The telescopic lever arm is extended to ensure maximum leverage, making best use of the force that can be applied by a single operative.
The lever is then lifted upwards to open the jaws as wide as possible. There is usually a 'rest point' for the lever that allows it to be safely 'parked' in the upright position while the paving element is introduced to the machine.
The distance between the upper and lower blades can be adjusted by turning the screw mechanism at the top of the machine. This moves the upper blade up or down as required to best accommodate the paving element being cut. Ideally, the gap is set to be just wide enough to allow the block to be placed between the jaws but narrow enough to ensure that the upper blade will 'bite' onto the block once it starts to be lowered by moving the lever. As most paving materials tend to be of a consistent thickness, once the jaw width is set for a particular material, it rarely needs further adjustment until a change of material takes place.
The paving unit to be cut is usually marked to indicate the cut-line and is then placed between the jaws in such a position that the top blade of the splitter is directly over the marked line.
It's important that the block being cut is placed centrally, directly beneath the screw adjuster to ensure the pressure necessary to split the block is evenly distributed across the block surface. If the block was to be positioned to one side or the other, this could allow the free-moving upper blade to tilt and consequently fail to deliver equal pressure across the surface, which would probably result in a failed cut.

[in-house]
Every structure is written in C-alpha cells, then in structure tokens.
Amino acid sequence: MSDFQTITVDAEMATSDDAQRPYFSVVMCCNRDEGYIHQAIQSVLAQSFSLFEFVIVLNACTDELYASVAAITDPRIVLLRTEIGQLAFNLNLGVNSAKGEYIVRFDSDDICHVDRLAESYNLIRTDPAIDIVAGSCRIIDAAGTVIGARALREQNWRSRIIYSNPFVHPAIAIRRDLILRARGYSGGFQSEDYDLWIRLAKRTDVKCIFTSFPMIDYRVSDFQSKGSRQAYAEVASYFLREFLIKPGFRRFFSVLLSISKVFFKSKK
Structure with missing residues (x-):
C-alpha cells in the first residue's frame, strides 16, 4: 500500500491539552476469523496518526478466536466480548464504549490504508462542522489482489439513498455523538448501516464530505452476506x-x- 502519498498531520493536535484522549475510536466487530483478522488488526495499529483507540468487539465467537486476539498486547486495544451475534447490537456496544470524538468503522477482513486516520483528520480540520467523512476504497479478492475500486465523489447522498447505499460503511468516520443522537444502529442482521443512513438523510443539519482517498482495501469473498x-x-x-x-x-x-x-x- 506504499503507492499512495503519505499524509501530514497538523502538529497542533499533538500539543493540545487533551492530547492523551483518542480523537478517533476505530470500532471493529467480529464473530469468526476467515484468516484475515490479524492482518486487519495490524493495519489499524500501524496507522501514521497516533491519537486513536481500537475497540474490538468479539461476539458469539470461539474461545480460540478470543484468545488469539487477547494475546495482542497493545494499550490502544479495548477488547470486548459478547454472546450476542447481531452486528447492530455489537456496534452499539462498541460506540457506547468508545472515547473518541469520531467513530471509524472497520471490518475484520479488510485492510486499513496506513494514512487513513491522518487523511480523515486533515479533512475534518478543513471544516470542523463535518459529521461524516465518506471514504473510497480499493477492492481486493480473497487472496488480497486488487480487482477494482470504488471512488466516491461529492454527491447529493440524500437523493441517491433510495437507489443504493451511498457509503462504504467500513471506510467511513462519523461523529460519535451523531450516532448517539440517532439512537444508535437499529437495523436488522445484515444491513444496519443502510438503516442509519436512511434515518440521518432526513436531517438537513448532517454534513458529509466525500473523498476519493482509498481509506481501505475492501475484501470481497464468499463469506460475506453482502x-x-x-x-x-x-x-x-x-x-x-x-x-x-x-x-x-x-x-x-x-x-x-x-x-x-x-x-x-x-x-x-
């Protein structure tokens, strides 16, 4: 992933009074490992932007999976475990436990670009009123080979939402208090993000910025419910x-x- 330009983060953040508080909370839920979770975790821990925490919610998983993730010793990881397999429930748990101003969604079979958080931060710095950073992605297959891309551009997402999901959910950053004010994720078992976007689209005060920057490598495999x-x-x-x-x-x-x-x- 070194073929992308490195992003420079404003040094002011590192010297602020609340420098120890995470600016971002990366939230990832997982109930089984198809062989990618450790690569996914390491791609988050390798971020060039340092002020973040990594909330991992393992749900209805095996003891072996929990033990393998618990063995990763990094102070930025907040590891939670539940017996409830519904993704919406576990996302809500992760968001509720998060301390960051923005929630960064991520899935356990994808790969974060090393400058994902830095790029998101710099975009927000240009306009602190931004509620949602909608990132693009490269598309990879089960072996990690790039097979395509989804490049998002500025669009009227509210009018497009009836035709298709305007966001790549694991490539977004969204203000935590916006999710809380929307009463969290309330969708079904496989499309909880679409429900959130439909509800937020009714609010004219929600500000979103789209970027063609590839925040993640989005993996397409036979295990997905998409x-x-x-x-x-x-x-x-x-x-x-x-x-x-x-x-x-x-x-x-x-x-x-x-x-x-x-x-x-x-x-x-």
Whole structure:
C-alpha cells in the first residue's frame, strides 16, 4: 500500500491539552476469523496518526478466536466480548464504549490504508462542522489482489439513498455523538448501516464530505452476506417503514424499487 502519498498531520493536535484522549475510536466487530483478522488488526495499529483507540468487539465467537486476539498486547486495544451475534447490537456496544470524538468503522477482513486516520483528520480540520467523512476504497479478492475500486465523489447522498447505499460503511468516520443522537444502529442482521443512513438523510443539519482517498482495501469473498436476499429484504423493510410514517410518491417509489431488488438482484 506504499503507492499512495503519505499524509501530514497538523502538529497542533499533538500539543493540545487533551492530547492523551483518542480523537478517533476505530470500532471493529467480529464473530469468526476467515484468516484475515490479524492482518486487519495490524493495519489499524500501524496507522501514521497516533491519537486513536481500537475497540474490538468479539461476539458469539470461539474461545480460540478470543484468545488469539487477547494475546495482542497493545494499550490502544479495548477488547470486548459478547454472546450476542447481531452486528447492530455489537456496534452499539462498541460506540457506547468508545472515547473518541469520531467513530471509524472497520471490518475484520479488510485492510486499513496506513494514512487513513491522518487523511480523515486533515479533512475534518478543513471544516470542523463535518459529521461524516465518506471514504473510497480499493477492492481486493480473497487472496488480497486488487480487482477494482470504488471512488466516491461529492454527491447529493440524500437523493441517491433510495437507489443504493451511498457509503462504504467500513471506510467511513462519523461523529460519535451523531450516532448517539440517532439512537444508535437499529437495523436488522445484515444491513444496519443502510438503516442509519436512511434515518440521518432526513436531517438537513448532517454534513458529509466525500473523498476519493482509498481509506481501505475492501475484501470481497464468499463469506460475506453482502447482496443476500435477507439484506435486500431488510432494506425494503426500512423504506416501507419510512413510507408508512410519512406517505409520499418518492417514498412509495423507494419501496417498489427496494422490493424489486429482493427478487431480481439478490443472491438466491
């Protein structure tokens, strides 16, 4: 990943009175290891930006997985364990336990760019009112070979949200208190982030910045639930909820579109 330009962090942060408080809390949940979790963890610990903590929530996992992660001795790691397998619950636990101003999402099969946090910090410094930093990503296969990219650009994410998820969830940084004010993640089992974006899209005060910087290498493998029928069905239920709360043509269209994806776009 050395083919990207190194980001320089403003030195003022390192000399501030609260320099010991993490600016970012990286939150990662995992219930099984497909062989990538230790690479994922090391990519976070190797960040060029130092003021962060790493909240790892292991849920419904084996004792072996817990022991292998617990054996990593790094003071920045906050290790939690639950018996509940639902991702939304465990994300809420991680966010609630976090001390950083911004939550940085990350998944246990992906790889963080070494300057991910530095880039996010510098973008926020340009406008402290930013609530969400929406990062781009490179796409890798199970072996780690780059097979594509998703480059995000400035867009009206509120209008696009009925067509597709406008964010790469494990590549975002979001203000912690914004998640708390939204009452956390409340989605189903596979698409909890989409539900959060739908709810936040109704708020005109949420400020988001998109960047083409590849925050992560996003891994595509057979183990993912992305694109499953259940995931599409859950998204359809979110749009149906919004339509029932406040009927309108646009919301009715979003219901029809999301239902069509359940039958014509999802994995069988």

Angling, or tipping-back the block between the blades will create an undercut, making it easier to fit the cut piece into the pavement because there is less chance of there being 'snags' sticking out from the cut edge. The block is usually held in this tipped or angled position as the lever is brought downwards until it causes the upper blade to 'bite' the block and so 'trap' it in the tipped-back position.
The operative's hand can now be withdrawn and used to apply further pressure to the lever, sufficient to force the blades to split the unit along the desired line. This can require some serious effort with very hard materials, such as clay pavers.